The focus is on a difficult year in Bowie’s life. In 1971, Davy Jones (Flynn) embarks on a doomed tour of the States, to promote The Man Who Sold the World. For various legal reasons, he’s not allowed to perform any of his songs. For so many other reasons too, he’s struggling to find his voice. Ron Oberman (Marc Maron), the middle-aged press officer schlepping Bowie around the country, senses that something’s wrong and encourages the young man to face his demons.
Director/co-writer Gabriel Range is working on a seriously low budget. Nor was he able to persuade Bowie’s family to give the film their blessing, and as a result, we don’t get to hear any of the hits. In other words, Stardust never had a hope in hell of being this year’s Bohemian Rhapsody or Rocketman.
But actually, that’s not why it’s frustrating. Other indie directors have approached iconic musicians via the back door, so to speak (Todd Haynes in Velvet Goldmine; John Ridley in Jimi: All Is By My Side). Grange’s take on Bowie fails because it’s simplistic, coy and, above all, dull.
Bowie, we learn, fears he’ll end up like his schizophrenic half-brother, Terry (Derek Moran). In flashbacks, we see how Terry’s passion for music triggered manic episodes and, ultimately, spells in a mental institution. Unfortunately, what could have been fascinating psycho-drama becomes an excuse for pyscho-babble. A doctor literally tells Bowie that schizophrenia is caused when an individual is rejected by their parents as a child or a teen. It’s reminiscent of Psycho’s clunky coda, where Norman’s problem is “explained”. What possessed Grange to give us more of that?
By understanding Terry, Bowie is able to understand himself. This (the film suggests) is what allows him to set Ziggy Stardust free. Surely, though, there was more to it.
There’s barely any mention of Bowie’s bisexual leanings, let alone his full-blown affair with the dancer Lindsay Kemp (we hear a lot about Bowie’s obsession with mime, but nothing about the man who inspired that obsession). It’s cool to see Bowie on stage, making love to Mick Ronson’s thigh. But this burst of taboo-busting jouissance seems to come out of nowhere.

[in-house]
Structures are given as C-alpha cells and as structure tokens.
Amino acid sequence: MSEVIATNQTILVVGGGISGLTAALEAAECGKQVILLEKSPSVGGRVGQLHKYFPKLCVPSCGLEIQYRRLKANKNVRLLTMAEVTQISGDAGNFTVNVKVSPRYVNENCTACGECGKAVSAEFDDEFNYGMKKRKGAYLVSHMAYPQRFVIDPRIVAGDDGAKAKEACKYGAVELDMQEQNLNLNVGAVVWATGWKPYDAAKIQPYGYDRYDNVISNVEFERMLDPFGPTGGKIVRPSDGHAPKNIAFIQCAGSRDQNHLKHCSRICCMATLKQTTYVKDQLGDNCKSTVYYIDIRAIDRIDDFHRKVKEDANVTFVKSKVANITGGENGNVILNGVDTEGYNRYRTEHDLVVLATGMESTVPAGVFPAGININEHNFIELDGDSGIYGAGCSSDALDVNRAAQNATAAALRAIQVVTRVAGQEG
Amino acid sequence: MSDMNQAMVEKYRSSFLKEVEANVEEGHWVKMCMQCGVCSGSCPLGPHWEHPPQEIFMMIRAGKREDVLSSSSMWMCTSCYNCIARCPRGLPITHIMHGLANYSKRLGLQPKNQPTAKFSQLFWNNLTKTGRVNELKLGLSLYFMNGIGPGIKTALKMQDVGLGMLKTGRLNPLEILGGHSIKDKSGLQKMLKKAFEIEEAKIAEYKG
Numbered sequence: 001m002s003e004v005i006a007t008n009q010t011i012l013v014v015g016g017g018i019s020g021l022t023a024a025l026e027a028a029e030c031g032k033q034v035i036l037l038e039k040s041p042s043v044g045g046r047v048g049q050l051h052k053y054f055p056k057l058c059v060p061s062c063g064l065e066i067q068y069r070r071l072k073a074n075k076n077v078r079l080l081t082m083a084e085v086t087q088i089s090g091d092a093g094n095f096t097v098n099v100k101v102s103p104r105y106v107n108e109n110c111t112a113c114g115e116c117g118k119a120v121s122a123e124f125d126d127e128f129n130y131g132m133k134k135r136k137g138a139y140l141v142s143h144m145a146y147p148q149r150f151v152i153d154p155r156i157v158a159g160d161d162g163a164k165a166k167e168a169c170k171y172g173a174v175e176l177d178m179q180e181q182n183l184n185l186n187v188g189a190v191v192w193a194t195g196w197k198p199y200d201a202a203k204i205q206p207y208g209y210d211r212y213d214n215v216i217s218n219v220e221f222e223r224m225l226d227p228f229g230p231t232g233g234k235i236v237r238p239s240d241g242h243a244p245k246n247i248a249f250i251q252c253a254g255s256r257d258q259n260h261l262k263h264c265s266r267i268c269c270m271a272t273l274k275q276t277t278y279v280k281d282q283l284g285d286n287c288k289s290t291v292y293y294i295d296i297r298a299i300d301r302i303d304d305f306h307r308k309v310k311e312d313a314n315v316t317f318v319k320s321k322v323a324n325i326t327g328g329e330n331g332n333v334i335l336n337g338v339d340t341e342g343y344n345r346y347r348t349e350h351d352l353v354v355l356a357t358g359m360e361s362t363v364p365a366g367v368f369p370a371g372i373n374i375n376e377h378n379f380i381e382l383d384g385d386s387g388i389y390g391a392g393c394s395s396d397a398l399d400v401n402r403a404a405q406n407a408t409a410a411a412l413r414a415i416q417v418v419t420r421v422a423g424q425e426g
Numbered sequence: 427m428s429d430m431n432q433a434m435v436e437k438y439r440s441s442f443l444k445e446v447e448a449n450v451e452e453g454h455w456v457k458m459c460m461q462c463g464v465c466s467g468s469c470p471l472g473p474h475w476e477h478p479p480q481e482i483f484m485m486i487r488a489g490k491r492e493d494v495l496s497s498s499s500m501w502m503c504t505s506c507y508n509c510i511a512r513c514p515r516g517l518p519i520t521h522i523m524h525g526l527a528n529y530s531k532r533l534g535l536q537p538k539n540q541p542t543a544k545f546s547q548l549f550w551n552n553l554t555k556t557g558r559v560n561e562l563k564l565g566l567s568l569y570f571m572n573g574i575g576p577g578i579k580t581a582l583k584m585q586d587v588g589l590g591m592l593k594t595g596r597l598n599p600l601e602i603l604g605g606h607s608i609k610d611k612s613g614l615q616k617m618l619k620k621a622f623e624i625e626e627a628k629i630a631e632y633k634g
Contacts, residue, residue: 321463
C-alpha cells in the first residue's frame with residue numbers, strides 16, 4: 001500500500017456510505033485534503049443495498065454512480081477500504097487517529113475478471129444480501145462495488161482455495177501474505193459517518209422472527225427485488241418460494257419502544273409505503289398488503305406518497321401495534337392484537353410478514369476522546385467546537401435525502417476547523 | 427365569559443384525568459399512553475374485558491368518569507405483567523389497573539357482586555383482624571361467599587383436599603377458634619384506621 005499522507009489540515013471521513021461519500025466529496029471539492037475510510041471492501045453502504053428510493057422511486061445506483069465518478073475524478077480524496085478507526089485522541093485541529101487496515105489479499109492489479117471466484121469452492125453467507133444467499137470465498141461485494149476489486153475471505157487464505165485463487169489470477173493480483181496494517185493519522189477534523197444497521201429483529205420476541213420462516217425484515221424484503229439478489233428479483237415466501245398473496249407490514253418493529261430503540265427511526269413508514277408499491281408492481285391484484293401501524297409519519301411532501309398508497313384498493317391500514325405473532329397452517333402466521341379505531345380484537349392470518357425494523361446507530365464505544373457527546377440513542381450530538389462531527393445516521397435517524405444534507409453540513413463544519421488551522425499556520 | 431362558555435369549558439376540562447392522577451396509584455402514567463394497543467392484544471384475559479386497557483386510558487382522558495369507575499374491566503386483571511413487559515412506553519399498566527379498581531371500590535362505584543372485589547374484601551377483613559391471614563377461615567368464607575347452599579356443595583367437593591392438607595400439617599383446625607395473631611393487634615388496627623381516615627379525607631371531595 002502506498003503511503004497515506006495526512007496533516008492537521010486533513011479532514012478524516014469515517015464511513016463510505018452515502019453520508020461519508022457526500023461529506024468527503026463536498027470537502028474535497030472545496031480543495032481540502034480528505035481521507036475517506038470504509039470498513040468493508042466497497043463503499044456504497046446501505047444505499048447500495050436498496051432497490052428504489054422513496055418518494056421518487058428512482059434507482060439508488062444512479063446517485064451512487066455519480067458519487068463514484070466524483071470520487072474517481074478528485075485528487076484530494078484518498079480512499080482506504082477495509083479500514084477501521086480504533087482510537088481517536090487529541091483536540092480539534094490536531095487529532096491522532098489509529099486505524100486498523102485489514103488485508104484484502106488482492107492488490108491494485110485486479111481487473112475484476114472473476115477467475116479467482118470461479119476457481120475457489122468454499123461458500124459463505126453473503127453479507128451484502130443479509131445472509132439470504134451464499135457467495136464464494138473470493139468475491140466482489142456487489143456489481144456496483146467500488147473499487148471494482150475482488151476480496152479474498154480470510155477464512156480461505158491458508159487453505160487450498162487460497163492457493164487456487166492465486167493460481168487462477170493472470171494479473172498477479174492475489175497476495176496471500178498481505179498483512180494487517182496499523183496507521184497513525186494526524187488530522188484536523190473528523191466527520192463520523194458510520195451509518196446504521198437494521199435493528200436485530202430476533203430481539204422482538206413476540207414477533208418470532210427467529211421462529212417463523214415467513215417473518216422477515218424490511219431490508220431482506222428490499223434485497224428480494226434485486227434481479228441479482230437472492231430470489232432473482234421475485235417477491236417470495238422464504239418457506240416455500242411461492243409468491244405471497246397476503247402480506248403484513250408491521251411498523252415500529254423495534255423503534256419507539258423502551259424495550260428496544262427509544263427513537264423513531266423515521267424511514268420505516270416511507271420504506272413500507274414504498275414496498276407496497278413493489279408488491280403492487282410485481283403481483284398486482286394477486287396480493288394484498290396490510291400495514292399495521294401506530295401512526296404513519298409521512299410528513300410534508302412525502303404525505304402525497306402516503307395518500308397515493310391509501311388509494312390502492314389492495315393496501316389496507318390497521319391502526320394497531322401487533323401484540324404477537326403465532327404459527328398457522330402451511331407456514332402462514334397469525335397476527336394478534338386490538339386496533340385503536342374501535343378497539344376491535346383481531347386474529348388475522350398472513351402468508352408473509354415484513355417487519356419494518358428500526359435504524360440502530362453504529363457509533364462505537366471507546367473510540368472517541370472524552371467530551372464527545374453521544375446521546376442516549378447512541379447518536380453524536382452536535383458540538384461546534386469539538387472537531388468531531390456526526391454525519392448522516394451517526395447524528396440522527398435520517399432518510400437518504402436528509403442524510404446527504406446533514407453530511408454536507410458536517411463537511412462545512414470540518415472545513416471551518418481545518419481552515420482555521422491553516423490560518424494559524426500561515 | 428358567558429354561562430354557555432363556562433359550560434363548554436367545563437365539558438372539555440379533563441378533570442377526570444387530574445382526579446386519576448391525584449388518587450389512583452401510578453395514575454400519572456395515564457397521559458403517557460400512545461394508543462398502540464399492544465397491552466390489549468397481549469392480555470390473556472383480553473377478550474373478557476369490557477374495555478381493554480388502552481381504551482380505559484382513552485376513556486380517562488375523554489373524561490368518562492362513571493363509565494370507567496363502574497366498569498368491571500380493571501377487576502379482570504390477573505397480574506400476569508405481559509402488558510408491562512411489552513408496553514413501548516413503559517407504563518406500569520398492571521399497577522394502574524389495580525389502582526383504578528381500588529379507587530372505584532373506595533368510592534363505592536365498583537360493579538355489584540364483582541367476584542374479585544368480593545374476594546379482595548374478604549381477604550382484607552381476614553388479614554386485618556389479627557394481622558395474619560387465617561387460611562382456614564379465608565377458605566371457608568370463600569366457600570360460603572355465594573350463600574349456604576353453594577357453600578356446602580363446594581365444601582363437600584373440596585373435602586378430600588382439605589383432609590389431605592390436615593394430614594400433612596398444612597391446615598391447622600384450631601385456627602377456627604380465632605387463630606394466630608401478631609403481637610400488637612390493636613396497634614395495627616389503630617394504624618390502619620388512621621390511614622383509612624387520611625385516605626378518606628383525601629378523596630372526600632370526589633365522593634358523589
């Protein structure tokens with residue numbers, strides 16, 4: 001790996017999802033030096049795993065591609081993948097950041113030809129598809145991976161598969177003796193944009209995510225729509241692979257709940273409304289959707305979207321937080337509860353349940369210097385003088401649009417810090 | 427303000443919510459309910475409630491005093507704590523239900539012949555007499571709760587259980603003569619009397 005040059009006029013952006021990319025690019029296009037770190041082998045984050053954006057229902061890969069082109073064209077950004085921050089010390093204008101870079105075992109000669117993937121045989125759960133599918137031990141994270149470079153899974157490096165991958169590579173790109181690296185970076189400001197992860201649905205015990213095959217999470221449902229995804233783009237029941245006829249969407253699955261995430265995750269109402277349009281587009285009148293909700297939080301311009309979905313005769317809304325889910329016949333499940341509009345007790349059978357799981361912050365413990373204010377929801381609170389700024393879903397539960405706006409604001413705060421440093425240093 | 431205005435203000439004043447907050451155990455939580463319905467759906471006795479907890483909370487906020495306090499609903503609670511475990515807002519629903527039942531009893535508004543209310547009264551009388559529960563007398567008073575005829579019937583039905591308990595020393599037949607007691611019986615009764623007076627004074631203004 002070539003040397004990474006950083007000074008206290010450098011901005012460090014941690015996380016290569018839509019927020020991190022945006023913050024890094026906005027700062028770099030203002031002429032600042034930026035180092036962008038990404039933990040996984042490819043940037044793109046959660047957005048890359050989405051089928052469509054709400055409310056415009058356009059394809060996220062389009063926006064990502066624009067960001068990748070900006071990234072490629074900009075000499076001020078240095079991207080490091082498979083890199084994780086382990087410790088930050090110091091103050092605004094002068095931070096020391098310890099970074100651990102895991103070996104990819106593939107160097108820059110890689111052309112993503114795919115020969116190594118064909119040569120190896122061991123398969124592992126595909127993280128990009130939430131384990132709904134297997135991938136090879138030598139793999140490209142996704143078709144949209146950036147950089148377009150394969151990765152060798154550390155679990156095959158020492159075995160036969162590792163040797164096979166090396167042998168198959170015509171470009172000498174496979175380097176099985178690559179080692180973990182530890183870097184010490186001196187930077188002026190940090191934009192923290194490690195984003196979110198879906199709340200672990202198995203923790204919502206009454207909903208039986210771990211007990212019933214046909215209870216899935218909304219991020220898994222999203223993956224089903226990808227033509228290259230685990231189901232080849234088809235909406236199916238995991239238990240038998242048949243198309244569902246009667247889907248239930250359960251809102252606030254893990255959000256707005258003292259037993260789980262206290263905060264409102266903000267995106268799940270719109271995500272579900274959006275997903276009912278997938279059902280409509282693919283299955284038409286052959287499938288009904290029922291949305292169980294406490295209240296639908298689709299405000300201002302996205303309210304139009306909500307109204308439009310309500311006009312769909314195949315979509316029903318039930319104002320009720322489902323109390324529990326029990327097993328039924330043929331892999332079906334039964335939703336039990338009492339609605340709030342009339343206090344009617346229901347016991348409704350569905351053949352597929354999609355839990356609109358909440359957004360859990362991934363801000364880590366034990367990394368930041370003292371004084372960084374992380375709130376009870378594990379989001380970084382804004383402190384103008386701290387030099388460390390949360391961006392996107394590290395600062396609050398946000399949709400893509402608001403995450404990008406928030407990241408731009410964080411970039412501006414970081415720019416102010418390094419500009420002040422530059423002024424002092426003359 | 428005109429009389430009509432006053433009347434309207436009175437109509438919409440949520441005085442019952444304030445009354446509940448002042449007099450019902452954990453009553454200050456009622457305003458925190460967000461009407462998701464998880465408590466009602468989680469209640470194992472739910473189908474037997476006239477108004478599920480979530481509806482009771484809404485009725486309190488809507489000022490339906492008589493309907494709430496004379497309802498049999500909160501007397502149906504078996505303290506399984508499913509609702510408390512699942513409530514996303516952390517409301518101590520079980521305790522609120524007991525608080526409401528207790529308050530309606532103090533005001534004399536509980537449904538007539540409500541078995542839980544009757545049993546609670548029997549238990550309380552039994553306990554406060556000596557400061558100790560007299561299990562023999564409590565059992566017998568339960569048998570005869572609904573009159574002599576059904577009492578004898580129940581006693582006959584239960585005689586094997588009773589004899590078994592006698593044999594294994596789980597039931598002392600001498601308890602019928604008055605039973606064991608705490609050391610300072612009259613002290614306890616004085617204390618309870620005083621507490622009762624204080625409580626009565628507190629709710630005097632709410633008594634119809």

None of the characters surrounding Bowie have credible, interior lives. Angie (Jena Malone; doing her best) is an embittered harpy. And let’s not forget Bowie’s stroppy rival, a burly bloke known as Marc Bolan (James Cade). That’s right. The tiny, delicate Bolan has been re-imagined as a kind of glam-rock Hagrid.
Flynn provides the one and only reason to keep watching, nailing Bowie’s desperation and lack of focus, along with his wilfulness and pockets of cold composure. The 37 year-old suppresses his own warmth to give us insight into a man in transit and when singing songs by Jacques Brel and/or striking a pose, is perfectly charismatic. I’ve been a fan of Flynn ever since Beast, and I have to admit I spent a lot of Stardust appreciating his loveliness.
Grange’s film is never, ever as tedious as the Morrissey biopic, England is Mine. But that’s because few things are. Given the talent of the cast, it’s a major disappointment. Biopics can either stick to the facts or be wickedly inventive. Grange serves up fiction without friction. In a word, it’s a drag.
109 mins. On digital platforms from Jan 15